Molecular Phylogenetics and Evolution - in press
Doradidae is a monophyletic catfish family endemic to continental South America, and composed of 93 valid species here placed in 31 genera. Existing phylogenetic hypotheses for Doradidae are derived from comprehensive analyses of morphological data, and a single molecular-based study on a limited subset of taxa. To provide a robust molecular phylogeny commensurate with those based on morphology, we gathered original and published sequence data for 86 species-level taxa (at least 70 valid species plus 16 new or questionably nominal species) and all genera of Doradidae, as well as ten species (9 genera) of Auchenipteridae and three species and genera of Aspredinidae as outgroups. 3011 base pairs were aligned for two mitochondrial genes (cytochrome c oxidase subunit 1, and 16S ribosomal RNA) and one nuclear gene (recombination activating gene 1), and analyzed for a total of 143 specimens (130 doradids, 10 auchenipterids and 3 aspredinids). Tree topologies generated by Maximum Parsimony, Maximum Likelihood, and Bayesian analyses were largely congruent, and are compared to existing phylogenies based on morphology and molecules. Although many of the relationships supported by our molecular analyses corroborated those based on morphology, others are newly hypothesized or remain in conflict.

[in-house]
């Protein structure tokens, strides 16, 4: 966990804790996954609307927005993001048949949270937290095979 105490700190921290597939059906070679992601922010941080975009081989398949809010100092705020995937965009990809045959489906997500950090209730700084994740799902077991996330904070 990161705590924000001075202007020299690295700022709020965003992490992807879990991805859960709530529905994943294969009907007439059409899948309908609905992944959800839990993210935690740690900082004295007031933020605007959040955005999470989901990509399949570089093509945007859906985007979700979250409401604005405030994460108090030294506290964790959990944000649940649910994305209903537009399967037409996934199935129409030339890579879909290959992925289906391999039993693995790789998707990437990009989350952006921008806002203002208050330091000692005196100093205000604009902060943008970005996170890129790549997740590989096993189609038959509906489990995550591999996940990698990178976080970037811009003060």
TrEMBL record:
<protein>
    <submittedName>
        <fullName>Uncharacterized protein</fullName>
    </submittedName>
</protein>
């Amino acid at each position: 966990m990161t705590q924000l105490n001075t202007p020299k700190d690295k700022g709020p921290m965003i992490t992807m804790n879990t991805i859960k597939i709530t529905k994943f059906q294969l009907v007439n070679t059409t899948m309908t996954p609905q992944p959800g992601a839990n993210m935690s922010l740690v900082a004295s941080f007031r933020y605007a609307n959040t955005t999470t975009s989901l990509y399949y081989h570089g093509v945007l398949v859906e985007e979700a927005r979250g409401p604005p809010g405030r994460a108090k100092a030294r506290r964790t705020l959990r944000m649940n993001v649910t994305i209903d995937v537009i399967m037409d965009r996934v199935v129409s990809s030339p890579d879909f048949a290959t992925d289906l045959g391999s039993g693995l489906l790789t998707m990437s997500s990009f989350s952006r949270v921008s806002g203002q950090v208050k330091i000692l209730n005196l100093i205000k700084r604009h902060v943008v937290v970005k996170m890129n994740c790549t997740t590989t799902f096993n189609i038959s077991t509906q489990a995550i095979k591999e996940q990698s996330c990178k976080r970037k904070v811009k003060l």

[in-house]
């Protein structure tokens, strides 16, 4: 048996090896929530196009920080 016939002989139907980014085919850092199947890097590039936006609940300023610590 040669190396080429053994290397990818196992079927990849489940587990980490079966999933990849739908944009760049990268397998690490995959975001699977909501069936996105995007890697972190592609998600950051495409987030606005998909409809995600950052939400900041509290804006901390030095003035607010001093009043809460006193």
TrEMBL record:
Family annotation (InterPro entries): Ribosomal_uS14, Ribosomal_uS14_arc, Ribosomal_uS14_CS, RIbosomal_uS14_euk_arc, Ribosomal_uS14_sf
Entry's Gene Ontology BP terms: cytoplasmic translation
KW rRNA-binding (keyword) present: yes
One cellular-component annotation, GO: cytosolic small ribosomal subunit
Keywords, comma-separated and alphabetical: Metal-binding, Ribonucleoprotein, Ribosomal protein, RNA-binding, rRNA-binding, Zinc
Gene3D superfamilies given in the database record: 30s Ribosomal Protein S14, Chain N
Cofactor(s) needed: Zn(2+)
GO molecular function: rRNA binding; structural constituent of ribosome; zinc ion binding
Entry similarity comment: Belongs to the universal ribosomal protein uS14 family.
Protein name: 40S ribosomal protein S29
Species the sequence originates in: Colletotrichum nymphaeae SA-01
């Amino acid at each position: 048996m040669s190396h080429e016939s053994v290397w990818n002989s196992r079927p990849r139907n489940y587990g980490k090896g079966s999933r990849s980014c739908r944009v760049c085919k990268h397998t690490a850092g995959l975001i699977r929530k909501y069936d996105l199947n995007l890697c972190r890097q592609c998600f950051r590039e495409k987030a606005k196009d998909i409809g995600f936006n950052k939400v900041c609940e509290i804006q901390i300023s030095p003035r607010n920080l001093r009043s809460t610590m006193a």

The monotypic Wertheimeria, Franciscodoras and Kalyptodoras, for example, form a newly proposed clade, and the subfamily Astrodoradinae is placed at the base of the doradid tree. The monotypic Doraops andCentrochir, endemic to Caribbean drainages north and west of the Andes, are sister to Pterodoras andPlatydoras, respectively, two genera that are widely distributed in Atlantic drainages. Additional biogeographic implications are discussed for hypothesized relationships among doradids. Molecular evidence strongly supports synonymization of monotypic Merodoras with Amblydoras, and transfer ofAmblydoras bolivarensis to genus Scorpiodoras. Furthermore, we consider Opsodoras ternetzi to be more properly placed in the genus Nemadoras. The genus Opsodoras may warrant synonymization withHemidoras, and the monophyly of genus Ossancora is not supported; however, we refrain from taxonomic decisions regarding those taxa until a broader spectrum of doradids can be submitted to further morphological and molecular phylogenetic analyses.
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